Alma in Hebrew means a young unmarried woman. It is also becoming a trendy name for girls these days. In Latin, Alma means ‘soul’. I’m not sure if the hotel is named after a certain woman, but the name definitely adds a mystery and kind of appeal to it.
Imagine walking in dark long corridors that lead into 15 colorful rooms, each one is different that the other. Imagine opening each room’s door, not knowing what to expect. But each room is a marvelous surprise. This is how I felt while I was shooting Alma Hotel.
Everything is well planned in Alma Hotel; from the choice of the building’s location to the Bulgari soaps in the bathrooms or the colors of the pens in each room. I know it might sound like a cliche, but Alma has a rhythm and a character of its own.
Alma is located in Yavne street, at the heart of Tel Aviv UNESCO White City, among a collection of old but restored historic Bauhaus vivid buildings. The building’s history goes back to 1925, as the first private residence designed for families to live side by side in the heart of Tel Aviv. The facade of the building was colored in olived green and the windows and shutters were colored in a darker shade of green. But this is just a hint to what is happening indoors. The restored identity of the hotel is a collaboration between the leading architecture and interior design studio Shaltiel Kastiel and the mosaic and glass artist Lauri Recanati.
The hotel has eight spacious deluxe rooms and seven studio suites, each uniquely designed, telling a different story of the building’s bohemian past. The furnitures are a mix of vintage and heavily embellished unique furniture (hand picked for each room) with contemporary furniture and Art.
I’ve decided to start with my favorite suite, which some may call it (surprise, surprise) The Naughty Library.
The suite (image above and below) has the feel, as Recanati says, of ‘an English boarding school on acid’. The suite has turquoise and black walls with diamond shape mirrors. The red colored rug is a great contrast and blast of color to the room. It matches perfectly with the red background of the book shelves. The Art books collection is quite appealing and I can easily see myself spending few days in that suite, soaking in the colors.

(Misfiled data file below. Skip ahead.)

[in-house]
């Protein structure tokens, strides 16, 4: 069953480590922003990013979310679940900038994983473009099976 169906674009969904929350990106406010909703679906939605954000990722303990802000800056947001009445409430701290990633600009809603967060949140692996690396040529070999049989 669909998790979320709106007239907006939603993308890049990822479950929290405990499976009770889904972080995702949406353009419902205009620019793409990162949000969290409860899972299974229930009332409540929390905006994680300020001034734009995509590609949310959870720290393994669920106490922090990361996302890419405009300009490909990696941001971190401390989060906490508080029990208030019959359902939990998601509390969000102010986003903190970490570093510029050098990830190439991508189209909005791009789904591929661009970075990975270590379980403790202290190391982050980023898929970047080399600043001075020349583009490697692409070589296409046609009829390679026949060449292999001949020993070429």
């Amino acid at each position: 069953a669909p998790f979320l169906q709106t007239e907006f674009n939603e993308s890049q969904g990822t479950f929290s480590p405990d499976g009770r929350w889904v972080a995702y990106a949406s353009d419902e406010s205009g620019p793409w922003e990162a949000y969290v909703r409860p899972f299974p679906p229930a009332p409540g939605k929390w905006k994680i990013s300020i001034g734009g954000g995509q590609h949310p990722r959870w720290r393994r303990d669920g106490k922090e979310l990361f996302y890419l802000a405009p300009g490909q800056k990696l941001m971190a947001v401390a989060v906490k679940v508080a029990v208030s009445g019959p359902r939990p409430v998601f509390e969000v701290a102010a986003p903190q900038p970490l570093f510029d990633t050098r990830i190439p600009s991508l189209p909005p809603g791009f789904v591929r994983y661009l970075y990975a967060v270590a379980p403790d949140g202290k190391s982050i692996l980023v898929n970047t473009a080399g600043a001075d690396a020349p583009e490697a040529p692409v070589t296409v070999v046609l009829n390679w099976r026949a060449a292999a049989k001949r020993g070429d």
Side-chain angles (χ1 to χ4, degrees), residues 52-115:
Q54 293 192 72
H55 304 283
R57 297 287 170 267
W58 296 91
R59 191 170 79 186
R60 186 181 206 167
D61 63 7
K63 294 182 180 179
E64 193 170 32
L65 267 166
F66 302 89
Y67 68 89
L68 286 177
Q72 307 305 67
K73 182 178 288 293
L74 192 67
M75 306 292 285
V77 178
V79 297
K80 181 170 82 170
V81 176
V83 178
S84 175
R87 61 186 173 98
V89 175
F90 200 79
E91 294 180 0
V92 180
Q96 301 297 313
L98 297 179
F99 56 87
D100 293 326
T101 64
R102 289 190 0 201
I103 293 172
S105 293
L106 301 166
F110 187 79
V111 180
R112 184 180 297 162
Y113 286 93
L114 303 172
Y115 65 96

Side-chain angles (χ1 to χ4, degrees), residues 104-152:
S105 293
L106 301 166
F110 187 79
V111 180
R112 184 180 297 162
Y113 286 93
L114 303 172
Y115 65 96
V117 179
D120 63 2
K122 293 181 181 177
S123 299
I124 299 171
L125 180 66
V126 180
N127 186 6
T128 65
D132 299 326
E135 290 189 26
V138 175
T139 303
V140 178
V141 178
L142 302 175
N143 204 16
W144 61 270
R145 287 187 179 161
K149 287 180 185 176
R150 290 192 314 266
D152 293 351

This beautiful suite has a marvelous back bed of a French or Dutch Aristocratic woman. The turquoise colored wall matches perfectly the purple rug. By the bed, there are two beautiful bedside tables made of wood, and a mosaic of ceramic, glass, metal and fabric, by the artist Lauri Recanati.
The following suite can give you the feeling of Welcome to the Jungle but in a very chic style. Turquoise walls, red hot wall-closet and a zebra skin rug on a checkered floor. This room has a beautiful balcony that is overlooking Yavne street. It has a walk-in bathing room, with an oval white bath in the middle of it. I can’t think of the red sofas, but I’m obsessed with the red closet.
If you are longing for an oriental atmosphere, than the street level’s suite can be a great choice. Painted in greens and reds (with an amazing red-white-black wallpaper) and an iconography image of the Spice Trail as a back bed, this suite is a real gem. The heavy brown curtains can create a perfect isolation from the busy street. This suite has the perfect oriental look bath tub of green-blue shades that match the colors of the windows.
And if you are looking for a great restaurant, than you have it right there. Alma Lounge is a bohemian chic space with a mix of Georgian inspired furniture blended with local contemporary Art. The chef, Yonatan Roshfeld, is a well known figure in Israel and the restaurant is one of the most expensive restaurants these days in Tel Aviv ($300 dinner for 2). It is a good way for visitors to meet the trend setters in Israel; restauranteurs, bankers, public figures in addition to expats.
If you are looking for one of the best hotels and the best experiences in the heart of Tel Aviv, look no further. Alma’s professional crew will take care of you; from arranging a personal trainer, special tours in Tel Aviv and Israel, wine tasting, local deliveries, airport transportation, car rentals and even cooking lessons with the in house chef, you name it.